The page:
To help you become the best killer possible, Dennaton revamped the sequel’s tutorial. It features a character called the Pig Butcher, later revealed to be the star of an action film in the Hotline Miami style, and should help explain more of the game’s systems to newcomers, some of which were glossed over in the original.
Hotline Miami 2 also lets you customize your experience for a more difficult game; during our demo we were able to disable the “middle-click-to-lock-on” ability, providing a renewed challenge for those who mastered the combat in the first game and blow through the new content.
But while the mechanics of Hotline Miami are satisfying, so far what we’ve seen is just more Hotline Miami. Don’t get me wrong: that’s reason enough for me to check the game out.
However, it’s the narrative elements I’m far more interested in. While the original game made me stop and ponder violence in games, Wrong Number looks like it’s taking those themes to a much darker, more prominent place.
In Hotline Miami you spent most of the game playing as one character, before switching to a new character for the last few missions.
The sequel puts that element right up front. You’ll play missions from a variety of different factions, each with a unique set of enemies, motivations, and tactics. In the bulk of our demo the protagonist was a member of “The Fans,” a group obsessed with the main character from the original Hotline Miami.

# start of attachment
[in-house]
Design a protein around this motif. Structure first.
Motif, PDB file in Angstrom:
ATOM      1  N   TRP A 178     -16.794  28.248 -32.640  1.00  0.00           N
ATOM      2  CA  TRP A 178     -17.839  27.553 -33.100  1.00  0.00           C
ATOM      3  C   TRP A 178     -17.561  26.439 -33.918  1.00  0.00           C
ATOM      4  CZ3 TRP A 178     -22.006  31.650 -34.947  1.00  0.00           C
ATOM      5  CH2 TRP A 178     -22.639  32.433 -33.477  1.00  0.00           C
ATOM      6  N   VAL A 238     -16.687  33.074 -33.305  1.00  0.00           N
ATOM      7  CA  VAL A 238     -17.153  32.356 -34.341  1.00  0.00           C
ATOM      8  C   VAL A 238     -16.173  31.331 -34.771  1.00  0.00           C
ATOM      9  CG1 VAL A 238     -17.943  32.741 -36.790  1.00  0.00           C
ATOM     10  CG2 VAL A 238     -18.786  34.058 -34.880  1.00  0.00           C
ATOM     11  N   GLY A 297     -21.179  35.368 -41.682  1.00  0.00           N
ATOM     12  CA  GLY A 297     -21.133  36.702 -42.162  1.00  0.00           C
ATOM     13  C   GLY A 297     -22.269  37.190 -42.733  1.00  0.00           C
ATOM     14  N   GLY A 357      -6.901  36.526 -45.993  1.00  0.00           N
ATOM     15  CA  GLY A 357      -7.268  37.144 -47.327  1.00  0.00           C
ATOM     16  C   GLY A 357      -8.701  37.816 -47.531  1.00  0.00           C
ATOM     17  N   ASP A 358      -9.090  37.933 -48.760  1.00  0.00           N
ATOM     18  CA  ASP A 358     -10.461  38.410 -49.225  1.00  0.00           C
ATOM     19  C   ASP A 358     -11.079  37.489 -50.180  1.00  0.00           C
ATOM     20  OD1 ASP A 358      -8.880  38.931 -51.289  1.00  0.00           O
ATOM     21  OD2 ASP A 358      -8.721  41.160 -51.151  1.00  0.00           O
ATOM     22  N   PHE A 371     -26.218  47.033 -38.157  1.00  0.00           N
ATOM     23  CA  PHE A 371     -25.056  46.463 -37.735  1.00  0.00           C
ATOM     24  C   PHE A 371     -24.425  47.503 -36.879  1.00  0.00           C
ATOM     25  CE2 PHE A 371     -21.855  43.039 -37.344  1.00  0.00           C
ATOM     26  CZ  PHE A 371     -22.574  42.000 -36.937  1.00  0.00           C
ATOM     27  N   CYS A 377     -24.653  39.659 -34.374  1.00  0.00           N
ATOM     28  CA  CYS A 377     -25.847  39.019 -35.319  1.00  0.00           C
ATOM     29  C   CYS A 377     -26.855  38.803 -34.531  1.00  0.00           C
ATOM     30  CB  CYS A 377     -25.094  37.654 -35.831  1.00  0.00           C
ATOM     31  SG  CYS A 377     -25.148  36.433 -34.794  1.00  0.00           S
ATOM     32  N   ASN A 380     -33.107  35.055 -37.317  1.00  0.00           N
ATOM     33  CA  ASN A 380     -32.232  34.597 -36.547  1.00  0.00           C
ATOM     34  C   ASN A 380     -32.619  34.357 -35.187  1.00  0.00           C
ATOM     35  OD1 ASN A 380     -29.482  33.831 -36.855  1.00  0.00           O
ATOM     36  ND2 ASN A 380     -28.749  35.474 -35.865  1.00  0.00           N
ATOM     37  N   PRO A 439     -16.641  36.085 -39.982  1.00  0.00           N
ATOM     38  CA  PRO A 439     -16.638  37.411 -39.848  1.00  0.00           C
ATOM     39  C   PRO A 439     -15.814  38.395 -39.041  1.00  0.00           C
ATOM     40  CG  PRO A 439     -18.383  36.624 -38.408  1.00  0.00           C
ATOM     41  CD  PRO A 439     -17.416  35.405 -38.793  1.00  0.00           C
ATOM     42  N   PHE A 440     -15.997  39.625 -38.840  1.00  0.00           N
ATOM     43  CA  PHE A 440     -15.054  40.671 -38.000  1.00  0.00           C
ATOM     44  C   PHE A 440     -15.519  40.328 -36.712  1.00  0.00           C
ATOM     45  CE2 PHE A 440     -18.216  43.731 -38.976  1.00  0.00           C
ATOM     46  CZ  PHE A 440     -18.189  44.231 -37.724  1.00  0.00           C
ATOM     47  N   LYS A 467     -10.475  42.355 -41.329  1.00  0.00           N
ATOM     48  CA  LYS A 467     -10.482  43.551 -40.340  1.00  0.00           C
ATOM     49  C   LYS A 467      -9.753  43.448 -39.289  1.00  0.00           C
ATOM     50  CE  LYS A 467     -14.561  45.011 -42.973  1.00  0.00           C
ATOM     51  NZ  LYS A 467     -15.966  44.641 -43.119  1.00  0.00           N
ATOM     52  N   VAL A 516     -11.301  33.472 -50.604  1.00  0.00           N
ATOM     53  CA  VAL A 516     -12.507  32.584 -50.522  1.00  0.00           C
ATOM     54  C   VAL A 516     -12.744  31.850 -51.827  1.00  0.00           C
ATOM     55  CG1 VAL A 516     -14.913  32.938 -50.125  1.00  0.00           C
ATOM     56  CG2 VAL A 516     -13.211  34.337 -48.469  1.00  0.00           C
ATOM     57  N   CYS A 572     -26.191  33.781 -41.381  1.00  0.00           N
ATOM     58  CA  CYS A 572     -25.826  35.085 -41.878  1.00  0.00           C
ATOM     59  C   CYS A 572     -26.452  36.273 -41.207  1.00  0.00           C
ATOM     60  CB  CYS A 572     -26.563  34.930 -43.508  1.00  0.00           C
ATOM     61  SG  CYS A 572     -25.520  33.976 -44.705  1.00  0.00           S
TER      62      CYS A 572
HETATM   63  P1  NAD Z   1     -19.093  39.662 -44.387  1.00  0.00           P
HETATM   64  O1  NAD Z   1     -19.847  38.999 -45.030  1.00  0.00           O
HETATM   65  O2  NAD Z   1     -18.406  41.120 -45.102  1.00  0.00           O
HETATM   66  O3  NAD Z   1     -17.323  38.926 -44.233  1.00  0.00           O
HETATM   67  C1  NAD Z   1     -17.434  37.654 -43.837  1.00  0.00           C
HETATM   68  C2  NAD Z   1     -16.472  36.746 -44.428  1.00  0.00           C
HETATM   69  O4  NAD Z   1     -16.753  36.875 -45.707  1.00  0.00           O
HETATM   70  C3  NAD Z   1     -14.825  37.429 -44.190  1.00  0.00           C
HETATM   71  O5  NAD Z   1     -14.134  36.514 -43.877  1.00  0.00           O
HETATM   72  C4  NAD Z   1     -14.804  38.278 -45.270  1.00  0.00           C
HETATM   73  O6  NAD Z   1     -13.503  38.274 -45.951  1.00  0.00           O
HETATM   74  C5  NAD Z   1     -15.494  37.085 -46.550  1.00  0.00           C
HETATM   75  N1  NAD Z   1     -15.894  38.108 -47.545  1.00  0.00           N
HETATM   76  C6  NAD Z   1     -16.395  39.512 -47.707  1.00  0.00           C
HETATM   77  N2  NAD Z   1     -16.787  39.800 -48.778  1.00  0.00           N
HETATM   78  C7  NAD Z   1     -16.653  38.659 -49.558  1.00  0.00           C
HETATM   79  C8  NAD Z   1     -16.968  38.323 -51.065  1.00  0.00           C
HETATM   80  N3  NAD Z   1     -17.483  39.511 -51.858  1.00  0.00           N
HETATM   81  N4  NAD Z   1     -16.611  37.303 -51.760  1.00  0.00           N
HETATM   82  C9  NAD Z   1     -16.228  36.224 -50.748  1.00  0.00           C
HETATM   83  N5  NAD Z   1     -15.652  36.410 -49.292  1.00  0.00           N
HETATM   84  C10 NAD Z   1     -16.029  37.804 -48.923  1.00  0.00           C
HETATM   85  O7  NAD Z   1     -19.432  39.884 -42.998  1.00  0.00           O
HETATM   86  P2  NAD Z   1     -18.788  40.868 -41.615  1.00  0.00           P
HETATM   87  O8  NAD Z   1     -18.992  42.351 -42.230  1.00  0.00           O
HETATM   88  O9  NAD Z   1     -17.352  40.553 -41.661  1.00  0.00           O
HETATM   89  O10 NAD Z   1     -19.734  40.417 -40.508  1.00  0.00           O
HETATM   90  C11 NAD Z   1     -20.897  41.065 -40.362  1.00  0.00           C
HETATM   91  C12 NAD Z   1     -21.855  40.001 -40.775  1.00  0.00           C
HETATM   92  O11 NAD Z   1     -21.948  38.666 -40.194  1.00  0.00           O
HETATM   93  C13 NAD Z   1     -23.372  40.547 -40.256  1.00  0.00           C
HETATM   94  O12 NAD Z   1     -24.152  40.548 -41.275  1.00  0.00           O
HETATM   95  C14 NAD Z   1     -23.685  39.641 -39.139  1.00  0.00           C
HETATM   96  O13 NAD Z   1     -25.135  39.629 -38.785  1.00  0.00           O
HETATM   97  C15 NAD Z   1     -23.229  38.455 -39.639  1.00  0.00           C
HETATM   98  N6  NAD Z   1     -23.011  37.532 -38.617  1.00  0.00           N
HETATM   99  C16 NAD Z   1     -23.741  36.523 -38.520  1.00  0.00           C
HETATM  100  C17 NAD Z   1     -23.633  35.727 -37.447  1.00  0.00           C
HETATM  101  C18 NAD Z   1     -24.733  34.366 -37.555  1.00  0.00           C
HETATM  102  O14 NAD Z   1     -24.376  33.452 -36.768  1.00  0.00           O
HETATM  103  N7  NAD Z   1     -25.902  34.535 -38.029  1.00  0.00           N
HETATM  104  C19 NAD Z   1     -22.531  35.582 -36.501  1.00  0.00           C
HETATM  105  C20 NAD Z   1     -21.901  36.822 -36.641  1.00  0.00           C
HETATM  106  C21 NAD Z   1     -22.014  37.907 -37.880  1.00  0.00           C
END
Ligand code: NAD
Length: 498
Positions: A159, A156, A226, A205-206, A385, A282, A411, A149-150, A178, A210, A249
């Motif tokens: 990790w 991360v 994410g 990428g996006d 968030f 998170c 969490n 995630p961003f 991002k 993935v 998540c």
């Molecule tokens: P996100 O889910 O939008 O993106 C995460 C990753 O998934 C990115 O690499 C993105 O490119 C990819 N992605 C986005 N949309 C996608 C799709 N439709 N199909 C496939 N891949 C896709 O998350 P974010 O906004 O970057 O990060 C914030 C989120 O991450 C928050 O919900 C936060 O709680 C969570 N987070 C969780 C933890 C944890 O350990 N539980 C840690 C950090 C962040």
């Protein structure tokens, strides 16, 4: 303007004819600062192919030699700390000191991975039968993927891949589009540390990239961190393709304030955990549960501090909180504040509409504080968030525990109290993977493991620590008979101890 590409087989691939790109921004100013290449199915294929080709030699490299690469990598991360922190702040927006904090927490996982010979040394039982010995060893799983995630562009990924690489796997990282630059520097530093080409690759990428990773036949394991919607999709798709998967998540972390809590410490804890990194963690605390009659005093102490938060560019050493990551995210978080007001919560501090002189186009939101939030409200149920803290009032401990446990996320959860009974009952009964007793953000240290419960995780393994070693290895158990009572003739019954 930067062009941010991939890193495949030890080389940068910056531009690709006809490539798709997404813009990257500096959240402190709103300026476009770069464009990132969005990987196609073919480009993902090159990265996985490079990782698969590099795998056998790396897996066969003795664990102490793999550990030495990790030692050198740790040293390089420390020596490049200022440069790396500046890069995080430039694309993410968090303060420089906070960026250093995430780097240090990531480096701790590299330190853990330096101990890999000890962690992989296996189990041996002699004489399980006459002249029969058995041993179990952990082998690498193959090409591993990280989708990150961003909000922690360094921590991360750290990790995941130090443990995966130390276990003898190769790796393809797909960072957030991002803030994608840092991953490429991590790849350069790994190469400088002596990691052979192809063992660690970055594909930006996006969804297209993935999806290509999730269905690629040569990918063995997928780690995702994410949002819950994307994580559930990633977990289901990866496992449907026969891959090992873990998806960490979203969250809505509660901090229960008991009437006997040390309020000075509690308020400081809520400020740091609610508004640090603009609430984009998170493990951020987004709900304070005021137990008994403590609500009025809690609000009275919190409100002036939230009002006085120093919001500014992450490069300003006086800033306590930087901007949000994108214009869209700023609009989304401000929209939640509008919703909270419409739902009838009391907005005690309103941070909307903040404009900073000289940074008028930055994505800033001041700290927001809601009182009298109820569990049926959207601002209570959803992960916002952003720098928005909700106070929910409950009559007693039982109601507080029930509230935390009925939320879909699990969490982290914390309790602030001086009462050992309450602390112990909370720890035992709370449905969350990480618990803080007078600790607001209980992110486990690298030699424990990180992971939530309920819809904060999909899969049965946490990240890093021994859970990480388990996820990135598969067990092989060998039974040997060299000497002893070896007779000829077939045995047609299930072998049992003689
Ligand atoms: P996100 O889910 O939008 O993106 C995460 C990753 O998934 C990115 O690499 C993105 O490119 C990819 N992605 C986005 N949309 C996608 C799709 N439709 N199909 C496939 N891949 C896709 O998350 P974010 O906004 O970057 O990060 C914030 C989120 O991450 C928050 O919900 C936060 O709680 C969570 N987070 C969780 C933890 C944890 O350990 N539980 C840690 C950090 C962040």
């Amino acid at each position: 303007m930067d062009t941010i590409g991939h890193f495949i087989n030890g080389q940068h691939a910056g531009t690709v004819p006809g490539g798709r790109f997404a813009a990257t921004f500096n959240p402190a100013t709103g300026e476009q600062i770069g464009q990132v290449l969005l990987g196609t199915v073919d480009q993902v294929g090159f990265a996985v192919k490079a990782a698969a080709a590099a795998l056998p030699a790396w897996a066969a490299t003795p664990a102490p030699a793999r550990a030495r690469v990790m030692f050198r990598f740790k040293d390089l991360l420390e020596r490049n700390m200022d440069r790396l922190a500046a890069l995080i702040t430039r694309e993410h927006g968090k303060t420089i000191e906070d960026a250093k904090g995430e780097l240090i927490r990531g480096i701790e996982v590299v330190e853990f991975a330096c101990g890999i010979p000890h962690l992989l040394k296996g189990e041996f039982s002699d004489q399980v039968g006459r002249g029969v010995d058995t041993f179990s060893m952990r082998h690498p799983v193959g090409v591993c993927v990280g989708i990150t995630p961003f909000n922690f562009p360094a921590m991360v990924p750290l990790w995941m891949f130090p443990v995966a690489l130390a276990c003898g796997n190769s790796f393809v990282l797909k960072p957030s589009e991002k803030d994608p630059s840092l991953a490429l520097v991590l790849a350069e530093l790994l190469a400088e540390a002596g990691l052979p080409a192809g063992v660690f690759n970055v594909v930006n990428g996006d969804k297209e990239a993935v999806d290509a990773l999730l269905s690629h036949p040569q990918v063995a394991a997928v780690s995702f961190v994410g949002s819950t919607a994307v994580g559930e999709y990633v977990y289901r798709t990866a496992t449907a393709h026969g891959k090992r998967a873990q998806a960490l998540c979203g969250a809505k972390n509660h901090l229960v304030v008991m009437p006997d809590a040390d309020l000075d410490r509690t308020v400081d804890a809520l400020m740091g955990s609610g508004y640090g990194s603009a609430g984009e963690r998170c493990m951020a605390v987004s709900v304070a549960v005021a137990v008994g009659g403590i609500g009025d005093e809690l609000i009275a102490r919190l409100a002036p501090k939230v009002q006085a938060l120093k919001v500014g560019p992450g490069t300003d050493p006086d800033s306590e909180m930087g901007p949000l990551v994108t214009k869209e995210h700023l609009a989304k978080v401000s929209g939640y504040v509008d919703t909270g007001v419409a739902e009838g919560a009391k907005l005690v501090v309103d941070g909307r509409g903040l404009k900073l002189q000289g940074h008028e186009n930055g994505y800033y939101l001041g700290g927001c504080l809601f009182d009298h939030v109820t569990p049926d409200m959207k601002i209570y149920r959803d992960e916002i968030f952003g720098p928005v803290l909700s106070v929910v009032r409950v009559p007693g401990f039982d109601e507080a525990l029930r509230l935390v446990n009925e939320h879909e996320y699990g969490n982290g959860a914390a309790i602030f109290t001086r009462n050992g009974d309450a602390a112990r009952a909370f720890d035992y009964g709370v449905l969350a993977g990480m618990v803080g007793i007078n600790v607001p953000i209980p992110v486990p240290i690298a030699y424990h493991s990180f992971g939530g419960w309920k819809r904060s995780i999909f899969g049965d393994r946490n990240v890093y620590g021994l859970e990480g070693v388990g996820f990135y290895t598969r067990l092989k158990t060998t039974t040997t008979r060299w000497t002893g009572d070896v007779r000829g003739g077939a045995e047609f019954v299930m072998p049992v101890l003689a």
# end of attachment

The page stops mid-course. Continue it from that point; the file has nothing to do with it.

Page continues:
The Fans are a meta-commentary on the people who want the sequel to be more Hotline Miami, but bigger. For instance, The Fans are the only ones who get to wear masks still—used in the first game to hide your identity (narrative) and to provide your character with different powers (mechanics). As a member of The Fans you’ll basically execute street rabble as an homage to your twisted idol.
Our crazed protagonist ran from room to room, killing one guy by smashing his head into the ground, another with a knife, another with a kick to the face. Standard Hotline Miami moments.
When we got to the end of the mission, however, we joined up with our compatriots to finish off the “boss.” This wasn’t the manipulative crime lord-type from the original Hotline Miami. This guy was obviously drugged, drooling and raving and begging for mercy. Our character hit him in the face with a bat. Then he started screaming that he “just wanted to go home.” Our character beat him until he died.
I felt incredibly uncomfortable during this demo. I’ve murdered probably hundreds of thousands of virtual entities in my gaming career, and for the first time ever I was happy when the demo ended and the violence stopped. It’s been a week since that virtual man was murdered, yet it still haunts me a little bit.
On some level I am incredibly excited to play Hotline Miami 2, and I know I’ll have fun doing so. The original is one giant adrenaline rush, and the sequel seems no different.
But on an entirely different level, I’m afraid to play it. Afraid to see what it reveals about me. Why do I enjoy hurting people, even if they’re just virtual representations of people?
Hotline Miami 2: Wrong Number drops sometime later this year for PC, Mac, and Linux.